Study Design. Retrospective chart review.
Objective. To accurately determine complication rates, particularly mortality rates, in surgically treated early-onset scoliosis.
Summary of Background Data. The advent of modern segmental instrumentation for spinal fusion surgery in adolescent scoliosis has allowed for application of similar nonsegmental unfused techniques aimed at controlling scoliosis in the very young child. The dismal prognosis for these children without repeated spinal lengthening procedures is unquestioned, although no controlled trials exist. Many, if not most, of these children need surgery; however, the surgical complication rate is very high.
Methods. During the study period, all surgically treated children with early-onset scoliosis seen at our institution were identified. Any patient who presented to our clinic with early-onset scoliosis that was surgically managed was included. The total number of procedures, type of implants, number and type of complications, geographic origin of the cases, and final outcomes were all assessed.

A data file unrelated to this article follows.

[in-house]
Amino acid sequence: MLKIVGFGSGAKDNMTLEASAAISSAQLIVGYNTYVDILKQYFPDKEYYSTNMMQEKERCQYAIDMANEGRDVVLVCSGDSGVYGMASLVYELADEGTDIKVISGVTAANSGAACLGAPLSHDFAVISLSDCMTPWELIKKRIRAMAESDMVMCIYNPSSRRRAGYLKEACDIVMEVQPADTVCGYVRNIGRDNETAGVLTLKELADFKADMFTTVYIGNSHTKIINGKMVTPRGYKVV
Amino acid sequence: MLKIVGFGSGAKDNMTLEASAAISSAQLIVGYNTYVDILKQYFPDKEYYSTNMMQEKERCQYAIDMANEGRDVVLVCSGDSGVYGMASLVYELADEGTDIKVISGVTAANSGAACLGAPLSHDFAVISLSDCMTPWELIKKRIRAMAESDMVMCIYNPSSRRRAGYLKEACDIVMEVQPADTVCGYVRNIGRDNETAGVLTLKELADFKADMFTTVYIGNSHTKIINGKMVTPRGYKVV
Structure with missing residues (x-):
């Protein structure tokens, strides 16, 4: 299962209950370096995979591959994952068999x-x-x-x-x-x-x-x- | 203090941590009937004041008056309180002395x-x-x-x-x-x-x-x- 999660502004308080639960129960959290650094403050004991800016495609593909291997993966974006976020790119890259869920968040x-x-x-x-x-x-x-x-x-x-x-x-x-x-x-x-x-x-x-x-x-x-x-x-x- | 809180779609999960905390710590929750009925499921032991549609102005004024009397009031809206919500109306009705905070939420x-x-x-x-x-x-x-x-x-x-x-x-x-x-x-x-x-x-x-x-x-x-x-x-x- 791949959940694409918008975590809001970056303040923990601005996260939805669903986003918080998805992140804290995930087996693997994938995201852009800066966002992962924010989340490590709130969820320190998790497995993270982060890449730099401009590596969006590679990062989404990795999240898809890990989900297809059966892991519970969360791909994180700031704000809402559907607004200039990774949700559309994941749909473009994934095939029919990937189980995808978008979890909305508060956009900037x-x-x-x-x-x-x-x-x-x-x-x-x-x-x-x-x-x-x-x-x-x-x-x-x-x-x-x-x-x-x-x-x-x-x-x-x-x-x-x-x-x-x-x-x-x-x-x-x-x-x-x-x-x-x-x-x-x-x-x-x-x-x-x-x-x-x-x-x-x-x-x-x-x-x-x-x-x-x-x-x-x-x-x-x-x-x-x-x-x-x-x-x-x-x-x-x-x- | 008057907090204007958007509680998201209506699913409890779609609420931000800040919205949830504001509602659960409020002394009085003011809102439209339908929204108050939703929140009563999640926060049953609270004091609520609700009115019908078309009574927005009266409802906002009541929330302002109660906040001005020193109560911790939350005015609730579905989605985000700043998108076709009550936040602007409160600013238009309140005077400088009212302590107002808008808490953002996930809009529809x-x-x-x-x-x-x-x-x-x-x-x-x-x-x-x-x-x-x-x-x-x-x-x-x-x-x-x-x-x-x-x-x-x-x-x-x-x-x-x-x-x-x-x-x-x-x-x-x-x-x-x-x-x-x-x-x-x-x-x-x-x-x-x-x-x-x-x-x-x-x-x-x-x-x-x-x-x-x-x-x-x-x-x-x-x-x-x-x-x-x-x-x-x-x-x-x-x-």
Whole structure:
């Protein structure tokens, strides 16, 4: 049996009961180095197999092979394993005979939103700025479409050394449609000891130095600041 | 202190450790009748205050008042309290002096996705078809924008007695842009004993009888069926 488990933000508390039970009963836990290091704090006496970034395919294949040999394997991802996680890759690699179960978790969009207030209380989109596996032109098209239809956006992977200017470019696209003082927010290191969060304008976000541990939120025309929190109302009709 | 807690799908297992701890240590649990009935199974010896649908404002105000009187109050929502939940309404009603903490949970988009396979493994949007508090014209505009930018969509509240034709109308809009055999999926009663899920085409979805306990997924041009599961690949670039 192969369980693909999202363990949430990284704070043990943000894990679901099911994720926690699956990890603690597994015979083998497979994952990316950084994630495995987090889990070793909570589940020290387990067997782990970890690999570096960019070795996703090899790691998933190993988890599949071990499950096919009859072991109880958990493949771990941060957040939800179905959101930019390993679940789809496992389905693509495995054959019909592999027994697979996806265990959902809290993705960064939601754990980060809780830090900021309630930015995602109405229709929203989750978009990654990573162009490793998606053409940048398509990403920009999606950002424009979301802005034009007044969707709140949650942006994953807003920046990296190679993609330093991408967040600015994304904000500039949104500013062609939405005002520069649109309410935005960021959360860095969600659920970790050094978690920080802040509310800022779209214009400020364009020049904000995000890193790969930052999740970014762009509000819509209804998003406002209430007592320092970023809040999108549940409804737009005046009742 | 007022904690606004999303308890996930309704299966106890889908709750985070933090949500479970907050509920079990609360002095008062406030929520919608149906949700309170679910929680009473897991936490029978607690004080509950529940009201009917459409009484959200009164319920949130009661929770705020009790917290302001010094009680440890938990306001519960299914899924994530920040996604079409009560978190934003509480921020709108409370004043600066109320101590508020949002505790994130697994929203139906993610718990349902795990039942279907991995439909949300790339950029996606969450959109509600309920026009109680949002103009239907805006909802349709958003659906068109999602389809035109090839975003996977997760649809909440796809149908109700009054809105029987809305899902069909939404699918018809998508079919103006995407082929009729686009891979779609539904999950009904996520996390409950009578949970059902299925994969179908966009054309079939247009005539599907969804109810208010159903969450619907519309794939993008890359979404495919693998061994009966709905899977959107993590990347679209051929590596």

Results. A total of 165 surgical procedures on 28 patients accrued during the study time period, including index implantation of instrumentation, lengthening, and definitive fusion, as well as operations performed for complications such as wound debridement and revision of failed implants. Clinical diagnoses included congenital scoliosis, syndromic and chromosomal abnormalities, cerebral palsy, and spinal muscular atrophy. There was a complication rate of 84% overall with a mortality rate of almost 18%. The only patients with no complications were those whose entire surgical course had been at our institution only. The mortality rate was equal in patients whose treatment was performed elsewhere versus exclusively in our center.
Conclusion. This study underlines the grave severity of these scolioses particularly in syndromic children. The high mortality rate is alarming, suggesting that further study is needed in this area.